San Mateo leaders and residents dreaded heavy rain forecasts, because big storms meant sanitary sewer overflows onto city streets. Overloads came from the conveyance of sewage from three areas: San Mateo, the Town of Hillsborough, and Crystal Springs County Sanitation District. A mandate from the Regional Water Quality Control Board required a rapid solution.
After much negotiation, the four entities agreed to construct a dedicated sewage relief line to transport Hillsborough and District wet weather sewage flows directly through San Mateo to the regional treatment plant. Harris & Associates was chosen to provide design services for the relief line, which involves placing a large-diameter pipeline under congested commercial and residential streets.
Key challenges stemmed from the sewer line path, which traverses a major artery at El Camino Real Boulevard, crosses environmentally sensitive San Mateo Creek and passes under the busy Caltrain corridor to reach the treatment plant.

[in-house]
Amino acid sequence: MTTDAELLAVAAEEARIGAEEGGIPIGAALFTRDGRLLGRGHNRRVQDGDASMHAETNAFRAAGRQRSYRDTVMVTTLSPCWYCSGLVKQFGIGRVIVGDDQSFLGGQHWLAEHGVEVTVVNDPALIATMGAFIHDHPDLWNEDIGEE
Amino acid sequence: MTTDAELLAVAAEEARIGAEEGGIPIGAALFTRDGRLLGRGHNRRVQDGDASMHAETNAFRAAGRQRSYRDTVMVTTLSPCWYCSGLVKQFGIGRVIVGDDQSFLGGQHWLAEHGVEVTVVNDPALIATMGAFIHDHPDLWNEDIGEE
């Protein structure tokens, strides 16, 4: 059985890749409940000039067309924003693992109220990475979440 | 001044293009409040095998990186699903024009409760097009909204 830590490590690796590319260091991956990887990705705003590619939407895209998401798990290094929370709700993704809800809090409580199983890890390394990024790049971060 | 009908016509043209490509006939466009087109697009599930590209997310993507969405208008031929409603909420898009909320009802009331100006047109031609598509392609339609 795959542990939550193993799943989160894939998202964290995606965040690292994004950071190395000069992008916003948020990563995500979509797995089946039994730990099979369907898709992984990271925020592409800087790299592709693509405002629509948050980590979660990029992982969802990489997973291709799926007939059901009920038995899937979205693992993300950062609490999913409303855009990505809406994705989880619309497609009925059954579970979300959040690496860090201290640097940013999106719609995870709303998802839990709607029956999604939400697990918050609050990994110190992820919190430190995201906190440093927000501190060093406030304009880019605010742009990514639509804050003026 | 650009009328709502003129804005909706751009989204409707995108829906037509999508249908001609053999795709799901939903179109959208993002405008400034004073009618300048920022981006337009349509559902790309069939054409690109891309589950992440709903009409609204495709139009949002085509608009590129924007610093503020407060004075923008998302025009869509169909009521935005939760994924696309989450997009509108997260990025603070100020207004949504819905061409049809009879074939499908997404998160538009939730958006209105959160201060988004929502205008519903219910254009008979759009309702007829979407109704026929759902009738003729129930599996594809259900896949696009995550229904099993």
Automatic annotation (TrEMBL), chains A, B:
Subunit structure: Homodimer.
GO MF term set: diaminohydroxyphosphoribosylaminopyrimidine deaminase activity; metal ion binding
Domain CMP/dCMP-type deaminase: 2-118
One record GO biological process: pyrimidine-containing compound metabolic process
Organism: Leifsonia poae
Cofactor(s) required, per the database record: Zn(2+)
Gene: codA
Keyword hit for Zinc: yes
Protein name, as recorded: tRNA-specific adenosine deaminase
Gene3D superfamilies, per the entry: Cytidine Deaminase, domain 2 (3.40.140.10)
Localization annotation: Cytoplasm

- Calculated risks and rewards of four alignments through downtown that had enough room for the pipeline, which ranged from 27 to 30 inches in diameter for about two miles
- Conducted hydraulic analysis to confirm pipe sizes
- Provided various technical reports for the partners to assist with the decision making process
- Coordinated with the affected utility agencies
- Coordinated with Caltrans and Caltrain to secure the necessary permits
Harris also performed the following tasks during construction:
- Reviewed all contractor submittals and Requests for Information, and making recommendations to the city
- Visited the site and clarifying contractor questions in the field as necessary
- Provided the city with the necessary documentation for change order processing
One of the project’s major corridors was congested with underground utilities and already contained three existing sewer lines. Based on the results of the Decision Matrix, Harris recommended upsizing one of the existing lines to carry average dry weather and peak wet weather flows, instead of adding an additional line in that segment.
This strategy not only achieved the project’s hydraulic goals, it also replaced a badly deteriorated sewer line that would have required eventual replacement.
Beyond the Blueprints
Open cutting through San Mateo Creek would have created many environmental challenges and potentially delayed the project. Harris opted for an inverted siphon to tunnel beneath the creek.
After careful evaluation, the team chose the less expensive pilot tube guided auger boring method—which significantly minimized the risk of frac-out (the escape of drilling mud into the environment) and produced a shorter siphoned pipe.